For Supply Chains, a Divided World Needs ASEAN Bridge

ASEAN Bridge

By Arsjad Rasjid

The events of recent years have concentrated business minds around the world on the weak links in their established supply chains. In the search for reliable alternatives, they might well consider orienting their gaze in the direction of the ASEAN nations.

The nineteenth-century philosopher Thomas Carlyle once famously quipped, “Teach a parrot the terms ‘supply and demand’ and you’ve got an economist.” Today, in our volatile and globally interconnected economy, business leaders are having to contend with an ever-changing geopolitical landscape of supply chains, taking economists and decision makers back to basics.

The COVID-19 pandemic was a watershed moment in this regard. Faced with unprecedented disruptions, companies were forced to urgently recalibrate their global value chains, searching for immediate solutions and identifying future vulnerabilities. And while the pandemic has thankfully moved into the rearview mirror, businesses are continuing in these efforts to strengthen resilience in all aspects of their supply chains and operations.

Indeed, with the heightened economic volatility in recent years, from the Russia-Ukraine war and tensions between the United States and China, to the continued uncertainty in the international financial system, companies are now looking at their supply chains in the same way that investors look at their portfolios, with one word in mind: “diversification”.

One region which stands to benefit from this reorientation is the Association of Southeast Asian Nations (ASEAN). With a population of over 660 million – third behind only China and India – ASEAN is among the world’s fastest-growing regions, boasting a combined economy of $3.2 trillion. Its global foreign investment has grown from 7.8 per cent of global FDI in 2014 to over 11 per cent in 2021. In 2022, my country, Indonesia, alone saw over $43 billion in FDI, the highest in the country’s history.

signed dealsFurthermore, ASEAN’s robust labour pool and continued infrastructure development, both internal and cross-border, have catalysed its emergence as a go-to destination for businesses looking to diversify their value chains in an uncertain world. In recent years, leading companies have looked to our region for solutions, from Intel chip manufacturing in Malaysia, to Apple AirPods and Lego in Vietnam. Notably, both American and Chinese companies see ASEAN as a stable bridge and alternative production hub in an uncertain world of changing tariffs arising from US-China trade disputes.

In fact, geopolitically, ASEAN countries are uniquely positioned. Many of the region’s nations have successfully navigated the choppy waters of US-China relations, and maintain deep economic and people-to-people ties with both Beijing and Washington. As the current chair of ASEAN, Indonesia can further capitalise on this unique position. In a country which has long exemplified this “third way” approach, President Jokowi is among the few global leaders who enjoys a genuinely warm relationship with both President Biden and President Xi.

Demographically, ASEAN is also well positioned to reap the benefits of populations that continue to grow. Significantly, the region has a growing skilled workforce, which stands in stark contrast to Asia’s more developed economies that are contending with the long-term effects of population decline and an ageing labour pool.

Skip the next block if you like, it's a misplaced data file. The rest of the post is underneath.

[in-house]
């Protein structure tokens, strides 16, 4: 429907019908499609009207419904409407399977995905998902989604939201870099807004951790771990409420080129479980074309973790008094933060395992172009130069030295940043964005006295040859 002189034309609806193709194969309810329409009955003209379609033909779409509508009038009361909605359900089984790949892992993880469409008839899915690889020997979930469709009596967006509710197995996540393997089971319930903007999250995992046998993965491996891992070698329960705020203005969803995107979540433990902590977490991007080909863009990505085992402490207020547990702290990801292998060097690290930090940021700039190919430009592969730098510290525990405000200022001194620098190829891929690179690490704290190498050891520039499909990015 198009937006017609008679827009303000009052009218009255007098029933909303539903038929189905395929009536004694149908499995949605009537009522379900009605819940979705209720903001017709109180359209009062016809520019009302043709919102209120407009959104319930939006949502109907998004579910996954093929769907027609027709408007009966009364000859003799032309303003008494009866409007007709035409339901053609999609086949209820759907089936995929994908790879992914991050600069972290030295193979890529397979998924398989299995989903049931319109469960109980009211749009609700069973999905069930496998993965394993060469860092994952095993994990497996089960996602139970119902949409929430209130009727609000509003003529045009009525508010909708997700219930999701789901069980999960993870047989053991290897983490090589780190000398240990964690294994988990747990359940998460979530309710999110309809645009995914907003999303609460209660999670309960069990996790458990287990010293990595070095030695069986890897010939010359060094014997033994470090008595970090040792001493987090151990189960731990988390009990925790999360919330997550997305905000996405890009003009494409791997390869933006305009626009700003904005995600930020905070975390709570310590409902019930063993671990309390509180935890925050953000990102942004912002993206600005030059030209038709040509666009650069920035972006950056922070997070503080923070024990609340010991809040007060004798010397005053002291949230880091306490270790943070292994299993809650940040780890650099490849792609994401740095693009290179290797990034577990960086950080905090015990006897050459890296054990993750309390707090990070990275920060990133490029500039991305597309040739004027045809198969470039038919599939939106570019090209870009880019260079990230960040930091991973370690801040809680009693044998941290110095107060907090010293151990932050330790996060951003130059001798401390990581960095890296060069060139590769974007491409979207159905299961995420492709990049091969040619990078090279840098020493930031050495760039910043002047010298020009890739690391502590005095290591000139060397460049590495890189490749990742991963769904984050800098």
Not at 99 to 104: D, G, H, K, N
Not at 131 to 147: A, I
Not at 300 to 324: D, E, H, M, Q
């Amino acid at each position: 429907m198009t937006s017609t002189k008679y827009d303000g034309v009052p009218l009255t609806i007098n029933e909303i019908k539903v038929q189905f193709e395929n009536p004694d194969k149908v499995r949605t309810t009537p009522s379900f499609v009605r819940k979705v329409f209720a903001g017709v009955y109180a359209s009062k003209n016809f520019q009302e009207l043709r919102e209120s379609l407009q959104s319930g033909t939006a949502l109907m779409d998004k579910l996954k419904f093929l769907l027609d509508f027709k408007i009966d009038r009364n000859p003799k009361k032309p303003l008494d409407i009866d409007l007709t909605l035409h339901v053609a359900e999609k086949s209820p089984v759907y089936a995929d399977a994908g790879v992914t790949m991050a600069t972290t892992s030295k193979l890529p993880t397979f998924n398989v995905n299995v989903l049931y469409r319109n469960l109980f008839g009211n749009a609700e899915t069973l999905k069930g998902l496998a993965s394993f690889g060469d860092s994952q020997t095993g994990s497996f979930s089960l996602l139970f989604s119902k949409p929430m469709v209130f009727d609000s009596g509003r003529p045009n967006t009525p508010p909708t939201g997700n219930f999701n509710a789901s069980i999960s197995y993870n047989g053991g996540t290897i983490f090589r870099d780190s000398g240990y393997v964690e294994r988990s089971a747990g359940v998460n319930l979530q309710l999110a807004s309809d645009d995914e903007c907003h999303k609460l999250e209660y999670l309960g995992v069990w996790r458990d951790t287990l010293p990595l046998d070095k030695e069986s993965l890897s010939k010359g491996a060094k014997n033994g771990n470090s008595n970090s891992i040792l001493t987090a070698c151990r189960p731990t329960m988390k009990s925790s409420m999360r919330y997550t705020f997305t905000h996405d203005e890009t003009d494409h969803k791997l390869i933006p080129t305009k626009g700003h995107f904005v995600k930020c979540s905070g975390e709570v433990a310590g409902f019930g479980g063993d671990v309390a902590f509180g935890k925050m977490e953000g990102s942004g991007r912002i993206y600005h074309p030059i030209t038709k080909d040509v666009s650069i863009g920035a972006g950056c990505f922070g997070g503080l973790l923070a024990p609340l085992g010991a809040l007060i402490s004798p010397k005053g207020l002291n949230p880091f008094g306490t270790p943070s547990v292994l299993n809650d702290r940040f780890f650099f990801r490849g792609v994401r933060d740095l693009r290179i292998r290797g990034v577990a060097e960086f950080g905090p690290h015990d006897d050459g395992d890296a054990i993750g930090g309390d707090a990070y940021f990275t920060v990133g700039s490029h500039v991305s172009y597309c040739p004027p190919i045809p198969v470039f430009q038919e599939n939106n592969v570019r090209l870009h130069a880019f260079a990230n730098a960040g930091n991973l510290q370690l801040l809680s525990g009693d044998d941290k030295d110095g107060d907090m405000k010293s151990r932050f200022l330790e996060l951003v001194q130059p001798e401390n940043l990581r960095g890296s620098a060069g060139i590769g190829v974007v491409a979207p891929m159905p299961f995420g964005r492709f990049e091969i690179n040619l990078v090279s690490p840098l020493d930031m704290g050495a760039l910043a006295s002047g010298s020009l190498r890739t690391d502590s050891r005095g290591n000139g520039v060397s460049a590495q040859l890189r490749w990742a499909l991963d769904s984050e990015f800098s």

Both American and Chinese companies see ASEAN as a stable bridge and alternative production hub in an uncertain world of changing tariffs arising from US-China trade disputes.

Furthermore, as ASEAN continues to become ever more indispensable to the international economic system, our partners are already looking to the region to play an enhanced role on critical global issues, from food insecurity to climate change. With rich agricultural resources, producing hundreds of millions of tons of rice, corn, sugar cane, and soya beans, amongst other staple crops, ASEAN has the potential to be a key player as the international community seeks to increase food outputs and diversify sources.

When it comes to the green transition, South East Asia is particularly pivotal to global efforts. Indonesia, for example, the region’s largest country, can boast vast nickel reserves (a key component in lithium-ion batteries), a growing labour pool, and a highly supportive government, positioning it to become a major global force in the electric vehicle field. In the last three years alone, it has signed deals worth more than $15 billion for battery materials and electric vehicle production, including with international powerhouses such as Hyundai, LG, and Taiwan’s Foxconn, who recently announced a joint venture with our own Indika Energy.

For businesses, investors, and political leaders alike, the process of reorienting value chains provides an opportunity to go back to first principles: when it comes to your supply, never put all your eggs in one basket. And diversifying towards ASEAN, with its stability, dynamism, and resources, makes sense for businesses across sectors, from East to West.

This article is originally published on June 02, 2023.

About the Author

Arsjad RasjidArsjad Rasjid chairs the Indonesian Chamber of Commerce and Industry (KADIN Indonesia) and the ASEAN Business Advisory Council (ASEAN-BAC), and is President Director of Indika Energy.

The views expressed in this article are those of the authors and do not necessarily reflect the views or policies of The World Financial Review.